Are You Intellectually Honest or the President of Fantasy Land?
If you practice intellectual honesty you will have influence and credibility - it’s a simple and powerful formula but so many get it wrong.
As seasoned managers, we’ve had many, many staff over the years; and those who stand out as the most credible and influential were not just honest, they were intellectually honest.
People who are intellectually honest have the most influence with us because we know that we aren’t just being lobbied for someone’s own self-interest, we are getting the unvarnished truth – which is what managers need and rely on to move the business forward.
So what’s the difference between honesty and intellectual honesty?
Honesty is telling the truth, intellectual honesty is adopting an unbiased attitude in pursuit of the truth. An intellectually honest argument does not twist, or omit facts to give a misleading impression, and will in fact acknowledge any shortcomings.
Intellectual honesty is seeing things for what they are—not what you want them to be—and then using the acknowledgement of that truth to move forward effectively.
Consider this scenario. You have a co-worker who is very difficult to deal with and has many shortcomings, but has some important skills as well. The truth is, you can’t stand her. Your boss refuses to address this employee’s performance issues which creates tension and disruption among the staff. You approach your boss to recommend that the lines of authority be re-drawn to minimize her impact in areas that do not match her skill set, thereby helping her focus on areas better suited to her skills.
In doing so, you acknowledge where her skills lie and address where she has deficits. This is an example of intellectual honesty. Rather than lobbying for the changes by painting a purely negative picture, you look at the situation for what it really is, putting your personal feelings aside, and making an intellectually honest argument to correct the problem.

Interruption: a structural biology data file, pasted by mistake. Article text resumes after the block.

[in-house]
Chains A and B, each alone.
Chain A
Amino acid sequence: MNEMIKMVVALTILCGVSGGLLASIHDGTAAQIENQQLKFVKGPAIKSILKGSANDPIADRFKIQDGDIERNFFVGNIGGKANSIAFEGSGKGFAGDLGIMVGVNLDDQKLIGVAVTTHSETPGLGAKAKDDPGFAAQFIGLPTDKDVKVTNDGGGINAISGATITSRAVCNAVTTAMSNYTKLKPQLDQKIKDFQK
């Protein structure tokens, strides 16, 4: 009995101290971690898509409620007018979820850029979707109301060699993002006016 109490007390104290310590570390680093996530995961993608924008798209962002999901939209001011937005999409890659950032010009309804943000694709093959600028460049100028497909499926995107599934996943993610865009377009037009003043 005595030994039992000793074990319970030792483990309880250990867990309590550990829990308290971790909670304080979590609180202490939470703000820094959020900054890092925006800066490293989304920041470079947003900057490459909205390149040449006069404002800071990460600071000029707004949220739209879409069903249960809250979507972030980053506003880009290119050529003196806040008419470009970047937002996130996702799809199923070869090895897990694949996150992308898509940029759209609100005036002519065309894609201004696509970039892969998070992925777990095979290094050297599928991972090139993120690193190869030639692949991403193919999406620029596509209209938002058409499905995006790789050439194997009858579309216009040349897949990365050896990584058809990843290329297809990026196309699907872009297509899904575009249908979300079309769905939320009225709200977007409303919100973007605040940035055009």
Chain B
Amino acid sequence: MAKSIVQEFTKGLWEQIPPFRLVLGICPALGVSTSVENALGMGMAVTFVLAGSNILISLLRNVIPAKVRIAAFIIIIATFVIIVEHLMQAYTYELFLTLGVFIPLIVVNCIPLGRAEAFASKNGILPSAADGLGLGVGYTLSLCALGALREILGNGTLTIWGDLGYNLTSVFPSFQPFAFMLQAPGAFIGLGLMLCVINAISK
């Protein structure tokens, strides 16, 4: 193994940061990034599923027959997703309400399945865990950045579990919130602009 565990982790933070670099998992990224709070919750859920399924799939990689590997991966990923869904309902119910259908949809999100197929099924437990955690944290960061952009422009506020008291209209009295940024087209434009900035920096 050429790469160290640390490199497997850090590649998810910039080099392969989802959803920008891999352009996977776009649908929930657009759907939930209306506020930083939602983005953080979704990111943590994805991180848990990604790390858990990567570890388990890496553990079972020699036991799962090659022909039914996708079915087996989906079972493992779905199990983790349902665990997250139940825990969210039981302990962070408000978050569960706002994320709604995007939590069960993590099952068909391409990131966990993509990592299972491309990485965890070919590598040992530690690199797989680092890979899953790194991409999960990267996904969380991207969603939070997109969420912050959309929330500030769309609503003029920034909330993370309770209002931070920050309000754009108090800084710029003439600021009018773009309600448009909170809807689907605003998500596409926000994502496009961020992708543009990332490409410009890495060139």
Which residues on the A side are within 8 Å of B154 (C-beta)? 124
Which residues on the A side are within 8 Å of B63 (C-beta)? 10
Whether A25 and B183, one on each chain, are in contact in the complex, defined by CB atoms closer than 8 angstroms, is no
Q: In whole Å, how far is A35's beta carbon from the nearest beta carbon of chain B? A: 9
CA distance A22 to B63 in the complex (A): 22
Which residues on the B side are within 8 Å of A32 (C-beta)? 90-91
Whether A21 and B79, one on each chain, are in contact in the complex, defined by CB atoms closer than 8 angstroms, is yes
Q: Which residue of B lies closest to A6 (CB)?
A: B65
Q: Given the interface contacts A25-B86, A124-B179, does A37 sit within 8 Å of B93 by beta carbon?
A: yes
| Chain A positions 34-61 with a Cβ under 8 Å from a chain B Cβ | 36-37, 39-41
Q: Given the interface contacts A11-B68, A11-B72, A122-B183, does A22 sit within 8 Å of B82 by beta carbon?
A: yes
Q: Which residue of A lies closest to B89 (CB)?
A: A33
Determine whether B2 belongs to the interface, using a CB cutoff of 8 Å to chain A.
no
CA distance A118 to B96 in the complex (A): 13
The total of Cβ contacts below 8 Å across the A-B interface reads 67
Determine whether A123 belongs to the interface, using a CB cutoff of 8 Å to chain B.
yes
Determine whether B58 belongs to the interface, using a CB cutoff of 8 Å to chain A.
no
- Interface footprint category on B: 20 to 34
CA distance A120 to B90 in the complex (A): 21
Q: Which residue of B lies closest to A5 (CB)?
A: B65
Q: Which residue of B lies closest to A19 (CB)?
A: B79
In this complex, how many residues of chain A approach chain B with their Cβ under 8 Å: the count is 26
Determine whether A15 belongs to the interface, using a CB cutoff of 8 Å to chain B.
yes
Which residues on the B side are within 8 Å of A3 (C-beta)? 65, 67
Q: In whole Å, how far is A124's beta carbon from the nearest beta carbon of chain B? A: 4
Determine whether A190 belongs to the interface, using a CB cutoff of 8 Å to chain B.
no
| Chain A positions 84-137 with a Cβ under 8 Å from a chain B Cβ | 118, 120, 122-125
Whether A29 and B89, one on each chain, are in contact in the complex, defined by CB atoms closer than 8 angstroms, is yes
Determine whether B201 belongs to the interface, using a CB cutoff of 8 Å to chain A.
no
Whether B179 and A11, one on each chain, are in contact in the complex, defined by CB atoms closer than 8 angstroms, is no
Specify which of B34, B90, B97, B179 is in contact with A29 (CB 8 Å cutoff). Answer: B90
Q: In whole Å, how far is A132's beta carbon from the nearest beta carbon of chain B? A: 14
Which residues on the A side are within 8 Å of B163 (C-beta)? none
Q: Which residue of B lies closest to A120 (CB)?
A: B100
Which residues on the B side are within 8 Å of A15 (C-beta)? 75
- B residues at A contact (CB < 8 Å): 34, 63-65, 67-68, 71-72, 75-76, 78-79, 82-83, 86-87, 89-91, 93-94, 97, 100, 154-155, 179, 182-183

Here are examples of what intellectual honesty looks like in action. Practicing these things is a surefire way to build your influence and credibility.
Be willing to participate in an honest exchange of opinions. If you are unable or unwilling to admit when someone with an opposing view raises a good point or makes a valid criticism, it demonstrates an unwillingness to participate in an honest exchange, and that inflexibility diminishes your credibility.
Publicly question your own assumptions. All of us rely on assumptions when applying our worldview to make sense of a situation. And all of us bring various biases to the table. You will expand your understanding of the world when you discover that your assumptions were wrong and be willing to openly express it. You will learn and grow in the process and you will be more credible as a result.
Acknowledge where your argument is weak. Almost all arguments have weak spots, but those who are trying to sell an ideology will have difficulty acknowledging when their argument is weak and would rather obscure or downplay any weak points. Not all workplace problems are easily solved and honestly working through the grey areas, by acknowledging where your argument is weak, gives you more credibility.
Admit when you are wrong. Those who push an ideology have great difficulty admitting to being wrong, as it undercuts the rhetoric and image that is being promoted. Your credibility will actually increase when you admit to being wrong. However, if you fail to admit to being wrong – even on small matters, your credibility and influence will take a significant hit.
Too many people cower at the thought of acknowledging another way of thinking, even when it has merit. It’s this fear of acknowledging other possibilities or acknowledging that “my original line of thinking has changed” that inhibits the pursuit of the best outcome. The damage created in its wake is diminished credibility and degraded influence.
Do you prefer to live in fantasy land or in reality?
Those who are intellectually honest live in reality and make better decisions and recommendations because of it. As a result, they are the most credible and have greater influence.
Practicing intellectual honesty can be uncomfortable at first but after you get used to it and see your credibility and influence grow, you’ll never go back.
Question your assumptions, ask for advice, consider the dissenting opinion and admit when you’re wrong. It’s not easy, but who wants to be the president of fantasy land?
NBA Player Carl Landry Demonstrates the Value of Persistence in Life and Work
Written by: Jon Sabes